• Case management. Participants worked with a case manager who assigned them to either the 24-month or 36-month time limit, based on the participant’s age, education, work history, and benefits history. Case managers helped participants develop a self-sufficiency plan outlining the participant’s goals, barriers to achieving those goals, and ways to overcome those barriers. Case managers monitored participation and introduced sanctions when necessary.

  • Job search assistance. Participants worked with a career advisor from DLES to develop an employability plan outlining job search, education, and training activities. FTP also offered two job search workshops, one emphasizing job readiness and one emphasizing job search and retention. FTP provided intensive, one-on-one job placement support for participants approaching their time limit.

  • Education. Case managers or career advisors could assign FTP participants to classes for Adult Basic Education or the GED certificate if they had low literacy levels or lacked a high school diploma. FTP also offered participants computerized learning labs in the FTP service centers.

  • Occupational training. In addition to referring participants to occupational training programs operated by junior colleges and other local institutions, FTP established special short-term training programs with particular industries and local employers for participants nearing their time limits, such as courses in office supervision or certified nursing assistant training.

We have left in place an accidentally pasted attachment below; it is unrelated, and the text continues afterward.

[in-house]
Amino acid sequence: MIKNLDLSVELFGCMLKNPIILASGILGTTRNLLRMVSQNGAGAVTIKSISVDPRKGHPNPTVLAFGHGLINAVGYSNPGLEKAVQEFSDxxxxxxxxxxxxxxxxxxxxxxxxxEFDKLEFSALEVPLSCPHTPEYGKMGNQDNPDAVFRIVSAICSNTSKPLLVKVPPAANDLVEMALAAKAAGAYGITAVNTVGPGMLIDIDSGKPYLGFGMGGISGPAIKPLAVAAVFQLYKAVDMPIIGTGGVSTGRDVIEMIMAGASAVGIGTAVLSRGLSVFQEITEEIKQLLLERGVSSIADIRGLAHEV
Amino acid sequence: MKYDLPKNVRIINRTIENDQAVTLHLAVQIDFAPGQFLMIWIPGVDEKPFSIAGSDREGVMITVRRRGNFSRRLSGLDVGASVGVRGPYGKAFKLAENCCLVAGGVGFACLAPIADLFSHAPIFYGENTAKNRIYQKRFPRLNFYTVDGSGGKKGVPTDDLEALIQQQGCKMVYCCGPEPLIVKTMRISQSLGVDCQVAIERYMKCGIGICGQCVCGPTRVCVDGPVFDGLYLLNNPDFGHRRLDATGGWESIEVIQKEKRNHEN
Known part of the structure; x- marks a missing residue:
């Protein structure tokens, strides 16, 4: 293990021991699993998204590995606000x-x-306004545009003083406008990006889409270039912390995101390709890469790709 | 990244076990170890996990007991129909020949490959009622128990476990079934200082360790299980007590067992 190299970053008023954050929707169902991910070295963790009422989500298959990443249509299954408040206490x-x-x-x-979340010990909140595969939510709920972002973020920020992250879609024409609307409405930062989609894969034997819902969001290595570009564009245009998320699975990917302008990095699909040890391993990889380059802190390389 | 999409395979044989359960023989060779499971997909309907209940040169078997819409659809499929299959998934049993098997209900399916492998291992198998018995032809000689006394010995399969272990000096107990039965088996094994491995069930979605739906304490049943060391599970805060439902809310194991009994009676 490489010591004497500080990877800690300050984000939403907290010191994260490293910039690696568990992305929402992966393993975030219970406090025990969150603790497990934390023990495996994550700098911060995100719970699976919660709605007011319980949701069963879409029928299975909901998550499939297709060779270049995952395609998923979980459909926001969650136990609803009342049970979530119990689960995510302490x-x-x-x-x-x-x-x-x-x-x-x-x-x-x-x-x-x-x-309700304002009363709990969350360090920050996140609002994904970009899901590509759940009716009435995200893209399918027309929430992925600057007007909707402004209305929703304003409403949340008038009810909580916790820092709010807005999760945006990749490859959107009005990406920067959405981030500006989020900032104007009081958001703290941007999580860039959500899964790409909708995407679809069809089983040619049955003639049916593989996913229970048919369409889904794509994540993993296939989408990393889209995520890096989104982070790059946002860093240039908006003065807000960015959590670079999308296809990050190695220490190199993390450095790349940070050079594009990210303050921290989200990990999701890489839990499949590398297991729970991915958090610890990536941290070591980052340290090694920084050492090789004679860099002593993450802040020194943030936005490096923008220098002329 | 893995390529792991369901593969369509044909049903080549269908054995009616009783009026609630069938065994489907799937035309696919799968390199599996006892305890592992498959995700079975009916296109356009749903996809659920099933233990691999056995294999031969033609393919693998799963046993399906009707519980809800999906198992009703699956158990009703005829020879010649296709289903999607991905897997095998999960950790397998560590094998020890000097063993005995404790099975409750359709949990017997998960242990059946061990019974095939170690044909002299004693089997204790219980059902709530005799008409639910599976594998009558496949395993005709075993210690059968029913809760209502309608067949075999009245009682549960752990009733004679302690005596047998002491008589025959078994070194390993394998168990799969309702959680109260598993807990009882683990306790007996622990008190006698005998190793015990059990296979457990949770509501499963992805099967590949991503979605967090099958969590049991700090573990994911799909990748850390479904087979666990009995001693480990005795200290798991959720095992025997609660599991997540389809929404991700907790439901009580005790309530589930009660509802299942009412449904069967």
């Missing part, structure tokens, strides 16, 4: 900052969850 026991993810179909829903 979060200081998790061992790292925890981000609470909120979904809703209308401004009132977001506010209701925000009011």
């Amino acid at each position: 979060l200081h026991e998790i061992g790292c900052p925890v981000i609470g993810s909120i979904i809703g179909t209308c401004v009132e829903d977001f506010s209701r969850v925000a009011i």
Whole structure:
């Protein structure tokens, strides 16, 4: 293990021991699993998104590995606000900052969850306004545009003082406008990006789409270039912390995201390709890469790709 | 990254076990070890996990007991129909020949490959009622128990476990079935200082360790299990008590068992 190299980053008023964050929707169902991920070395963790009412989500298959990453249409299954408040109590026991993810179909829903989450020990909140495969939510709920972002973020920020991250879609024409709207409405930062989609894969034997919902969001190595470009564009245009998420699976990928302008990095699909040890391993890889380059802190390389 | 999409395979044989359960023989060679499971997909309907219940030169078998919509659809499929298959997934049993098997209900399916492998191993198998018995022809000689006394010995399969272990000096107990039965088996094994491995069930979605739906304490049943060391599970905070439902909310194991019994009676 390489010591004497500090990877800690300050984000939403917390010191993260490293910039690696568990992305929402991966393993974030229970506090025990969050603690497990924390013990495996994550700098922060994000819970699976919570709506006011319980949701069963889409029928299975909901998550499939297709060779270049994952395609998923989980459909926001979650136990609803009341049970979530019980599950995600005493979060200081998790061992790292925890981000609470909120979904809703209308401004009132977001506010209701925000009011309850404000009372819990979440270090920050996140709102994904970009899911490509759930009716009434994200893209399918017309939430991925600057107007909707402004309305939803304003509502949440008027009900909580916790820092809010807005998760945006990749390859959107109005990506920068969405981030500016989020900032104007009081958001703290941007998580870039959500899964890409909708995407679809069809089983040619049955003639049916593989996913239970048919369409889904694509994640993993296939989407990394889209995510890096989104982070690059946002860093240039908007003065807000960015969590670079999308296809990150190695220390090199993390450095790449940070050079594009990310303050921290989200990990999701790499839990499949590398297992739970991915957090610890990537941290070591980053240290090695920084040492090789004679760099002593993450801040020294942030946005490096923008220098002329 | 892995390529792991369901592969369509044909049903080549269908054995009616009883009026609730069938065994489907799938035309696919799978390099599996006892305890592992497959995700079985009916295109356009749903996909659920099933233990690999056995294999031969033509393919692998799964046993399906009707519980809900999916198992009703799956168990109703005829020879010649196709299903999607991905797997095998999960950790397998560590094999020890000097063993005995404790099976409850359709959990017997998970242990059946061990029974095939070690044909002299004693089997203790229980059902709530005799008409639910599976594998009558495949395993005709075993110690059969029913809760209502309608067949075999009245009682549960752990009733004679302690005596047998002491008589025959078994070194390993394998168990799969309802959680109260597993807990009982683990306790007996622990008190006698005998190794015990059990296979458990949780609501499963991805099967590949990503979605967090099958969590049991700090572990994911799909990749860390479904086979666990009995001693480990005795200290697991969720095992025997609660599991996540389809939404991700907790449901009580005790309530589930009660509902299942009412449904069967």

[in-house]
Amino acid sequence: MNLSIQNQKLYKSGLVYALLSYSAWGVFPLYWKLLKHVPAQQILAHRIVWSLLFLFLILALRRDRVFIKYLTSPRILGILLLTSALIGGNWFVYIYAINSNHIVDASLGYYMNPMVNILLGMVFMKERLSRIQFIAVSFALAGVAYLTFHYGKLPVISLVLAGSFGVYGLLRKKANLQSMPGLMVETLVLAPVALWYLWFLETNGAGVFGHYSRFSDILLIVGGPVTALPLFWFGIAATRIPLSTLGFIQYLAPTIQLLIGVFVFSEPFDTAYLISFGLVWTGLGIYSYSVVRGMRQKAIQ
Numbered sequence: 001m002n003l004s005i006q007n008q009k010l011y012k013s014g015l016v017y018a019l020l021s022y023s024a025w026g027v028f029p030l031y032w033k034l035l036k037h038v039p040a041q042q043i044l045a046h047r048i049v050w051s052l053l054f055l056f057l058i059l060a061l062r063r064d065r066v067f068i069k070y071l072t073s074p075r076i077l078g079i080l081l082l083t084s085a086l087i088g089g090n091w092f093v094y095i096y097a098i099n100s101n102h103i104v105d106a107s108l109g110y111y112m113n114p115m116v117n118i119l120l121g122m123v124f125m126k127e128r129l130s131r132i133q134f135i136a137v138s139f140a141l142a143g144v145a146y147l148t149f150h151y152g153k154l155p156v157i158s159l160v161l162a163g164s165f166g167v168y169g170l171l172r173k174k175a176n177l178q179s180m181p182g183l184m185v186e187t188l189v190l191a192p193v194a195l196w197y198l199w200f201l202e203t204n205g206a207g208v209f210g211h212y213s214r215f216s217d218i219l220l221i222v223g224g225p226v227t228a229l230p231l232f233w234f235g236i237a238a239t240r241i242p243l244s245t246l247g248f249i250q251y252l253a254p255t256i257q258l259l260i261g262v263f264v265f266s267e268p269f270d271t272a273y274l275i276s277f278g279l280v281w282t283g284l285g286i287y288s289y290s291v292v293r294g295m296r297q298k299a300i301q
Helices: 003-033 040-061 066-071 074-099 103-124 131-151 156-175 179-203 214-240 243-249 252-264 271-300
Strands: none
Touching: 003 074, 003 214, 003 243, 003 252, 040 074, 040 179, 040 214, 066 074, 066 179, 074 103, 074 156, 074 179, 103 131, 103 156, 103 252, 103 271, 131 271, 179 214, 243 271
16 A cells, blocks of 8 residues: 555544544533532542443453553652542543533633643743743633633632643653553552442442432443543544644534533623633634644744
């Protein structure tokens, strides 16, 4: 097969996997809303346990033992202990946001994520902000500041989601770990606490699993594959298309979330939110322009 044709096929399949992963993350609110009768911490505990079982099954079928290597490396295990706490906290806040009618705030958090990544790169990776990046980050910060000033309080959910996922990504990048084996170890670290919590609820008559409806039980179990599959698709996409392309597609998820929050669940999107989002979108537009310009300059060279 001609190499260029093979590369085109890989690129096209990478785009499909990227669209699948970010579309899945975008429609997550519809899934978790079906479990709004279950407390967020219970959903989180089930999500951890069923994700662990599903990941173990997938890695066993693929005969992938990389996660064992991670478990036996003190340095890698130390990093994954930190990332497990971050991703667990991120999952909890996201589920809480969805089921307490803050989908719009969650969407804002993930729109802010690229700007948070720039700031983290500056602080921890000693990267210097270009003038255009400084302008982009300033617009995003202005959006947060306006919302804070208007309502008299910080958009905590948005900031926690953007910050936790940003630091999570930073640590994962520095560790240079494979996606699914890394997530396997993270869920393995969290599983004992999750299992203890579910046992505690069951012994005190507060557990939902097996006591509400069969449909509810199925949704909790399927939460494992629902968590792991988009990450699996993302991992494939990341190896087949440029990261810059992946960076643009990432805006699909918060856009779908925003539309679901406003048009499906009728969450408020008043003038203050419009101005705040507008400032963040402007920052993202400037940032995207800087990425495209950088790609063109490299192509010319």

• Unpaid work experience. Under a program called Workfare, participants could gain work experience in unpaid positions with public or nonprofit agencies. The number of work hours depended on the participants’ individual training needs. FTP required job-ready participants who had not found employment after three weeks of job search to participate in Workfare.

  • Financial incentives. Where the traditional AFDC program decreased the benefit amount by $1 for every earned dollar after the first four months of employment, FTP disregarded participants’ first $200 plus half of their remaining earnings when calculating a family’s monthly benefit amount.